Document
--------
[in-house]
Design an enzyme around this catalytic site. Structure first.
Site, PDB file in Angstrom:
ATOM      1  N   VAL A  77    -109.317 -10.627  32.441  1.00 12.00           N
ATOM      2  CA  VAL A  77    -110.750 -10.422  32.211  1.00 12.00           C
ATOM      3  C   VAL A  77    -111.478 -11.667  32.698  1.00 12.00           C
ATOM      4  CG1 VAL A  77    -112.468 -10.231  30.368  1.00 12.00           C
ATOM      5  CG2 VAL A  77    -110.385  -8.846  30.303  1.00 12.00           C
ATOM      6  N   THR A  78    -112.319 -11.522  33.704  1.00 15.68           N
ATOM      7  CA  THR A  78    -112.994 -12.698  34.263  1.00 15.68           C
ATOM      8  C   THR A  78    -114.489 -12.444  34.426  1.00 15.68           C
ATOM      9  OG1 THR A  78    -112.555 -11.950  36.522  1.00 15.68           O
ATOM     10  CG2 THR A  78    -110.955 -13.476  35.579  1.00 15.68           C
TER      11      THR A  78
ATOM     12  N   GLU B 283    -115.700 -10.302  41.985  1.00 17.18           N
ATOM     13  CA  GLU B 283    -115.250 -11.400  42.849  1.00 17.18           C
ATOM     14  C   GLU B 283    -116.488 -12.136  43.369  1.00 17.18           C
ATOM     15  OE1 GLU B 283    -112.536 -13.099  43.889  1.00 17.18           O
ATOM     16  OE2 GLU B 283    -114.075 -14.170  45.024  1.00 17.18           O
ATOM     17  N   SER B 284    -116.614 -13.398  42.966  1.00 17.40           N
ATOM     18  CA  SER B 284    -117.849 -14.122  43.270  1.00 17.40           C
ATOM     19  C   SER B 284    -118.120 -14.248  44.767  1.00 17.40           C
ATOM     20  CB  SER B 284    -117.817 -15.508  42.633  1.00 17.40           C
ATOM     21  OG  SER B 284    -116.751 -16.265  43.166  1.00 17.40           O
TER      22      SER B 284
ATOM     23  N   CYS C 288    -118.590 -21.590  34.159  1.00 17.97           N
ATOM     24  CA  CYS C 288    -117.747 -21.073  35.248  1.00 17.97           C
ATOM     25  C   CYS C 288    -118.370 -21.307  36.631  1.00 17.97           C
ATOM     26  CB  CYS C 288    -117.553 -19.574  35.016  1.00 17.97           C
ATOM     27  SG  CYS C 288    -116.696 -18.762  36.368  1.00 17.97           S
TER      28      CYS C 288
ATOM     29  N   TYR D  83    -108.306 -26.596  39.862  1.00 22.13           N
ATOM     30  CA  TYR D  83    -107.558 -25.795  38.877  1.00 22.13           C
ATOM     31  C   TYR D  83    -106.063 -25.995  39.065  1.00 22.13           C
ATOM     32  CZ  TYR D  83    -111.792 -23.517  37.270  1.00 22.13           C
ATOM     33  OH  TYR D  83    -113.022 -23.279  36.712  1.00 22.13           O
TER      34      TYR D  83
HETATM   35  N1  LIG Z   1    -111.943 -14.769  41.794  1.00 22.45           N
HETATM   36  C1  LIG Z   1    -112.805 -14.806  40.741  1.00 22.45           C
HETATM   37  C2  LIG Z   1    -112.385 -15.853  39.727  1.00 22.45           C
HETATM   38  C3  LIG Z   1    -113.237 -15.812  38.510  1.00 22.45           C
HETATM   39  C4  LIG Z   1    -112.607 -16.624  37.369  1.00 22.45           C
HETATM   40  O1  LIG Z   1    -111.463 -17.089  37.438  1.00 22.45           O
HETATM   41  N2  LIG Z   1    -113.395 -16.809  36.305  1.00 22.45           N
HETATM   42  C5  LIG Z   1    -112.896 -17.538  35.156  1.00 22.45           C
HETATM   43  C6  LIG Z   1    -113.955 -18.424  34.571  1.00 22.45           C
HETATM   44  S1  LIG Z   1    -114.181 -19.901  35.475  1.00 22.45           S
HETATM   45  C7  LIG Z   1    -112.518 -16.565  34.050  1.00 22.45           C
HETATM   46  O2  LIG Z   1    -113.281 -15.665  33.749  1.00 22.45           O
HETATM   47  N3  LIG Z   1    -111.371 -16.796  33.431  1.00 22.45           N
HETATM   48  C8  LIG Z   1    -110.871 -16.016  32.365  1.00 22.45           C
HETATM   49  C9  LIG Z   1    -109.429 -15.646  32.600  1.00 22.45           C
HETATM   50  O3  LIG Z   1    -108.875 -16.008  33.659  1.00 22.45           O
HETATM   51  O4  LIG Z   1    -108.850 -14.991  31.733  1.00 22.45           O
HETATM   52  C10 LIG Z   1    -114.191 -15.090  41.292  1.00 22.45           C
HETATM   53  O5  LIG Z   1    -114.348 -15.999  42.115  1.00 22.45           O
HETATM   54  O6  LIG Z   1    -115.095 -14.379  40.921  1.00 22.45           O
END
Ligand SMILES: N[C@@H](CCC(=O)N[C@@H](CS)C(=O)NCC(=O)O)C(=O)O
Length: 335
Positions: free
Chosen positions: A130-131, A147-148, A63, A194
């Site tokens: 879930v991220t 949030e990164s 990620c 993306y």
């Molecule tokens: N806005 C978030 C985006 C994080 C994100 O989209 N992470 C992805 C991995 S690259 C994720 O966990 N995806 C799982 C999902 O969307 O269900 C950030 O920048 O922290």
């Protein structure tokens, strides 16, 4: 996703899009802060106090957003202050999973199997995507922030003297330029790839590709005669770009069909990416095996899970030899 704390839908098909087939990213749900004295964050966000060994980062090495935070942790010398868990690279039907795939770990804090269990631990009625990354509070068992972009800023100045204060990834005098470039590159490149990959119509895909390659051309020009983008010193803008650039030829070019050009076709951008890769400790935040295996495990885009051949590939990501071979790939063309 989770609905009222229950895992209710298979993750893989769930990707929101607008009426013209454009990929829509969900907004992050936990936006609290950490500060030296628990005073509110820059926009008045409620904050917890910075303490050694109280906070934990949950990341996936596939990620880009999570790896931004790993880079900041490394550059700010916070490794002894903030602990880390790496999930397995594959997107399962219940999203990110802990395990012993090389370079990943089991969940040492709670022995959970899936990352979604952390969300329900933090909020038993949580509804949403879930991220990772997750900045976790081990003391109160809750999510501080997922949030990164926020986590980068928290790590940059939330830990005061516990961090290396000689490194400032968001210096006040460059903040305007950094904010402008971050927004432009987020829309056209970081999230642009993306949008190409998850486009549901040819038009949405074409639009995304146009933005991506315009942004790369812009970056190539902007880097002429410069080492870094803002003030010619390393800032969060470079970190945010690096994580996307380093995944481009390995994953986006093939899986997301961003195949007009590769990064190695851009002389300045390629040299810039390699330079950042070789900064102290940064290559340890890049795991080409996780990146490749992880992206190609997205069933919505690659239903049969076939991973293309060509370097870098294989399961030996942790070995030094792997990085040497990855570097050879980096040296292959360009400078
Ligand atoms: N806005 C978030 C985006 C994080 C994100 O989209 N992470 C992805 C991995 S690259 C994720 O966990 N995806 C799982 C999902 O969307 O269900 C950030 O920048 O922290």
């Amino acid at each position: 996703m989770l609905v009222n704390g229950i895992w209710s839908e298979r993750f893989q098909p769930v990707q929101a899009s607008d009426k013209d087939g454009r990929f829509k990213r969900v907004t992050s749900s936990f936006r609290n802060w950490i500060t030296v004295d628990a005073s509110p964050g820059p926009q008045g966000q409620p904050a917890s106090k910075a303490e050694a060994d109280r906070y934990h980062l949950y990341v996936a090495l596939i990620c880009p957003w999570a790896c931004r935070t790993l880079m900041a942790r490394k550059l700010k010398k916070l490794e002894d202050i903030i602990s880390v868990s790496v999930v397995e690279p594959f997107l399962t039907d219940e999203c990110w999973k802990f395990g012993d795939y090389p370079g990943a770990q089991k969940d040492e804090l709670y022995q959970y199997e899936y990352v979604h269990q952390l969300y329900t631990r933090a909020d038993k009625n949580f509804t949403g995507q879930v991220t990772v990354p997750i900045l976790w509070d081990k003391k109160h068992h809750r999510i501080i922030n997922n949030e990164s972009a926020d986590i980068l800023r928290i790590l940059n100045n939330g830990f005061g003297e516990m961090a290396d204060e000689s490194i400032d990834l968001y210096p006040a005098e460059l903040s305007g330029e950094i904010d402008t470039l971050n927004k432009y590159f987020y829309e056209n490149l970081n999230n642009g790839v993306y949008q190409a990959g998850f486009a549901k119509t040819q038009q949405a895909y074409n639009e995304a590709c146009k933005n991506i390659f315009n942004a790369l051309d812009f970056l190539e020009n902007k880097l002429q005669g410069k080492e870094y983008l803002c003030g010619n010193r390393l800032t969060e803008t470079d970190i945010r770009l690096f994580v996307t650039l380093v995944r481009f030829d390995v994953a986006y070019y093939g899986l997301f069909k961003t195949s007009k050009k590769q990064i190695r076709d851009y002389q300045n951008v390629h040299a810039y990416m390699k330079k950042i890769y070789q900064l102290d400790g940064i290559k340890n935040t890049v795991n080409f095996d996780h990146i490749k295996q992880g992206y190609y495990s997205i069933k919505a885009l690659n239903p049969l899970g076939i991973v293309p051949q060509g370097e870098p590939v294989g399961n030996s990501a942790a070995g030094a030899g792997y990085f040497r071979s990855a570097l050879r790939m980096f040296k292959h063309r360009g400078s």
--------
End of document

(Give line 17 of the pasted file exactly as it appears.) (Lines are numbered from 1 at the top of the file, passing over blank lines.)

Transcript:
ATOM     14  C   GLU B 283    -116.488 -12.136  43.369  1.00 17.18           C